Day 5: Losing Track of Time

Upon entering quarantine four days ago, my internal clock had already been thrown off by the fact that I had just completed a round-trip flight to San Francisco and back within a span of 32 hours. On the day that I left, which was a Sunday, I flew out of Incheon Airport around 20:00 and arrived in San Francisco around 15:00 on the same day. By the time that I left San Francisco several hours later just before midnight, from my perspective, I had basically just experienced two whole days that were Sunday. Once I landed back in Incheon Airport it was 04:00 on a Tuesday, which essentially meant that I had lost my entire Monday and started right in with Tuesday as if it was the first day of the new week for me.

If that was not enough to already throw the beginning of the week off for me, I have spent the last four days in this single room with no ability to feel the outside air, although of course I can see out the window. Despite the visibility out my window, it still does not really feel like time has been passing for me. I almost feel like I have been existing in some strange dimension outside the bounds of time itself. As a result, today was the first day since my quarantine began that I actually lost track of the days. Before talking to one of my friends and asking them how their work day was going, I did not realize that it was already the weekend, not a work day. I felt a bit embarrassed, but my friend was very understanding of the fact that it is hard to keep track of the days when you are stuck in a room 24 hours a day with no experiential frame of reference for the passage of time.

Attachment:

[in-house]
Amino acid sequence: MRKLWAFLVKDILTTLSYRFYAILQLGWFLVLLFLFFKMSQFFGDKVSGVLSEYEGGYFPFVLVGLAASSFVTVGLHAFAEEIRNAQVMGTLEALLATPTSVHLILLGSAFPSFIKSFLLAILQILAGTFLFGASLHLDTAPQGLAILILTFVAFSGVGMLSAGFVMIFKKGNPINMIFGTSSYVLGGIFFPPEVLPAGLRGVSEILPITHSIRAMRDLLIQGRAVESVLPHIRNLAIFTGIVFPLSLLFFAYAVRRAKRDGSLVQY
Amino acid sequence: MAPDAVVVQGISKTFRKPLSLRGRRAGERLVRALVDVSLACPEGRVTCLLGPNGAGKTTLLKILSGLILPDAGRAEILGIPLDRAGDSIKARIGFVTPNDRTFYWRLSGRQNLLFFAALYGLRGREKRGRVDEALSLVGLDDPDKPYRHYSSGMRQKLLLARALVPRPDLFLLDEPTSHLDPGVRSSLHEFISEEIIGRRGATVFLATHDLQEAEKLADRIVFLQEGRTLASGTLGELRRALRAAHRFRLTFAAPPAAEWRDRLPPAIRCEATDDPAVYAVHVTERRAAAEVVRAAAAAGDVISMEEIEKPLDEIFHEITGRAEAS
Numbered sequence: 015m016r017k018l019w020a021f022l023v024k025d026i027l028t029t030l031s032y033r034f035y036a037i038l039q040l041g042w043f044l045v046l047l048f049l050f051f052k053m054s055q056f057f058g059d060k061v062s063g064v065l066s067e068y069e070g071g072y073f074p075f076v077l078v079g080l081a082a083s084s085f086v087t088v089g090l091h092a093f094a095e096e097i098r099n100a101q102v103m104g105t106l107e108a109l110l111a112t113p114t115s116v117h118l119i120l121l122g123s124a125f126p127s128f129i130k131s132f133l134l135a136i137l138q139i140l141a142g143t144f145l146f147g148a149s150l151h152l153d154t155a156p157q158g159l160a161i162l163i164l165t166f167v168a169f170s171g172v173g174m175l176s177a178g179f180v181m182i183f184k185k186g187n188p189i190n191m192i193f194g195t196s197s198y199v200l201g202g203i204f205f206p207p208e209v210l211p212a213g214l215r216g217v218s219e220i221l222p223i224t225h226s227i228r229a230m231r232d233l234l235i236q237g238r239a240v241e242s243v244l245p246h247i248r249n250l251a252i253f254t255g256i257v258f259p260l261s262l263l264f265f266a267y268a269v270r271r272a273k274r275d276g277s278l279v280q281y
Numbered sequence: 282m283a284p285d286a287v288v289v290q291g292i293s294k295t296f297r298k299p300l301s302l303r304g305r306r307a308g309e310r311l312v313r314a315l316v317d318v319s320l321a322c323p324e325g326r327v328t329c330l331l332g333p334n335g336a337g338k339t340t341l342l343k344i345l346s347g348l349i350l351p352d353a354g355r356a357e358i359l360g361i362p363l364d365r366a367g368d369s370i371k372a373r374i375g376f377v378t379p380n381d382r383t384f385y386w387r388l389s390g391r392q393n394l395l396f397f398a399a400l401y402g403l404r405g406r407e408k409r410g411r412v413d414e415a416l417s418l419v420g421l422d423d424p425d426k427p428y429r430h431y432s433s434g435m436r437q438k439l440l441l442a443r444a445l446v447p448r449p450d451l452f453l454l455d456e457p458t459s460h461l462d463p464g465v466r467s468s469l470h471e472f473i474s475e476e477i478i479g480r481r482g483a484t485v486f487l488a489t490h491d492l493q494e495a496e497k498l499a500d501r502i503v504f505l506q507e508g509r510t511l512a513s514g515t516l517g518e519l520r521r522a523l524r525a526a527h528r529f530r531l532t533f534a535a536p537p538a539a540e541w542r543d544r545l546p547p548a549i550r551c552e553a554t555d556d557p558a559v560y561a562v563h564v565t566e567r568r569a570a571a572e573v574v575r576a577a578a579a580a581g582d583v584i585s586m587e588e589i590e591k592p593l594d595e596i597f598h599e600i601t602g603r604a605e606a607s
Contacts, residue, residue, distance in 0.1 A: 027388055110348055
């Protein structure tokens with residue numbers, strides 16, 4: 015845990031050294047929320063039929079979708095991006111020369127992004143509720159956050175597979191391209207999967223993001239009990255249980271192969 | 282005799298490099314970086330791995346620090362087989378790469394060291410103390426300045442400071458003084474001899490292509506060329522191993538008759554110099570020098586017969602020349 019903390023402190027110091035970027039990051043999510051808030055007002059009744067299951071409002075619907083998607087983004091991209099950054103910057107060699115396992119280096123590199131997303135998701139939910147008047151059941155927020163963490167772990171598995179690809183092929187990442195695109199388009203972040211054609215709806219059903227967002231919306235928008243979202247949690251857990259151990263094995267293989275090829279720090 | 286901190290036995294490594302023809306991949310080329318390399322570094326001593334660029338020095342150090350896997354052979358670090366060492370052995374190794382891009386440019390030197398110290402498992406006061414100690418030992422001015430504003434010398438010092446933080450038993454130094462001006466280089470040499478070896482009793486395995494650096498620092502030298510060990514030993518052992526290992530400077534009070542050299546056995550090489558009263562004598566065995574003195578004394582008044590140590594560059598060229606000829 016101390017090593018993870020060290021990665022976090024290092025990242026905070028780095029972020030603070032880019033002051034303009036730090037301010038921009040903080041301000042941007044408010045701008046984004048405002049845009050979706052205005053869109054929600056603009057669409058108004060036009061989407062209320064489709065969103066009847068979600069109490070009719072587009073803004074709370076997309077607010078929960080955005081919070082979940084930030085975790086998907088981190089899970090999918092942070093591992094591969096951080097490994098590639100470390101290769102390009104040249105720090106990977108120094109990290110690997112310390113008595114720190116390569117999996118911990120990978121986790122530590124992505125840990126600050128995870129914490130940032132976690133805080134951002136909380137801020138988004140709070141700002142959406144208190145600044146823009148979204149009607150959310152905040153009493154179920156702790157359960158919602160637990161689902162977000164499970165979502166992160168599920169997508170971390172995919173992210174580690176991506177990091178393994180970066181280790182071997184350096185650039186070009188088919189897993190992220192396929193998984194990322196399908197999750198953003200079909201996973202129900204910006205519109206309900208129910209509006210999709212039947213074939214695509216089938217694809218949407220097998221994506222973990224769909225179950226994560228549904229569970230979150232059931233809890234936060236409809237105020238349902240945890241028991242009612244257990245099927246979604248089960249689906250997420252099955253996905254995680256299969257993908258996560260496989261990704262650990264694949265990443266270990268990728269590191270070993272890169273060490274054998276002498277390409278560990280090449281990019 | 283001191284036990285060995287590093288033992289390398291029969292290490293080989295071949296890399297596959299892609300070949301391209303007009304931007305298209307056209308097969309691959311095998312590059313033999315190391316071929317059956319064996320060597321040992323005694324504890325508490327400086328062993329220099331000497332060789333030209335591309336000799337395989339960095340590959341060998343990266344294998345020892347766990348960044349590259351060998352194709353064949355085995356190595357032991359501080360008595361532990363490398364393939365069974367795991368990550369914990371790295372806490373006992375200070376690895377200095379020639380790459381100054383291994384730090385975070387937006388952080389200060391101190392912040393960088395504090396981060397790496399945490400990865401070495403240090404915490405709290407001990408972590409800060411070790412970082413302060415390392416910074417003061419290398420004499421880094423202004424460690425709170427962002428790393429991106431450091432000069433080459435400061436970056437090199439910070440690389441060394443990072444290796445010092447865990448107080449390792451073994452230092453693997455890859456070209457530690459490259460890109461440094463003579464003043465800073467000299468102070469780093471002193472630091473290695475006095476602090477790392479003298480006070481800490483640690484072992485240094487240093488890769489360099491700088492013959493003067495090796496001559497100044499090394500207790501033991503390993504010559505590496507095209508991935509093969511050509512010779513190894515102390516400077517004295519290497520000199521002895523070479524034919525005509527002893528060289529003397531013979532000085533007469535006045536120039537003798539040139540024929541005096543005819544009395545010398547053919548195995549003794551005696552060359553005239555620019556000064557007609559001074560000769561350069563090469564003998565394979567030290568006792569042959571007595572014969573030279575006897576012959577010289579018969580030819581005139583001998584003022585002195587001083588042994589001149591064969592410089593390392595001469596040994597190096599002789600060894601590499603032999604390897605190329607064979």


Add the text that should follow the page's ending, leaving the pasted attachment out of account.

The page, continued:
As far back as I can recall, even at this point in the quarantine period, this is the longest that I have ever spent in one place without going outside in my entire life. Even when I was very sick at a few different times in my life, either with the flu or a seriously bad cold, I recall at least stepping outside for a couple minutes to release my mind from the confines of my bedroom where I was resting. By the time that I complete this quarantine period, I think the record that I will have set for most time spent in a single place at one time of about fourteen and a half days will stand for the rest of my life.

With all of that being said, all of this time spent in my room has given me a great opportunity to finish a lot of computer work that I have been saving up for this exact occasion. Without having so much work to keep me busy while waiting for time to pass, I have no idea how I would be feeling mentally at this point. Since I have arrived, I have already heard commotion outside my door a few times. I cannot say for sure what it was exactly, but I can definitely tell that some of the other people that are in my same exact situation seem to not be taking it well. Even just today, health department workers came around to every room to hang a sign that instructs everyone in quarantine to not leave their room and to avoid drinking alcohol, smoking, or making loud noise.

It is my prediction that not all of the people that entered quarantine with me will complete the full period. From the sound of things outside my door, people are already getting stir crazy and I believe that some people will ultimately be unable to handle the isolation and leave their room. Unfortunately, doing so breaks the very strict rules that the South Korean government has established for those of us going through quarantine, which means those people are setting themselves up to be deported out of South Korea. It is times like these that I am thankful for having such strong willpower and mental fortitude to pass the time effectively without losing my mind.

Quarantine Day 5 Breakfast, Photo by Author
Quarantine Day 5 Lunch, Photo by Author
Quarantine Day 5 Dinner, Photo by Author

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Keith Dawson

I am just a software engineer trying to make the world better, one line of code at a time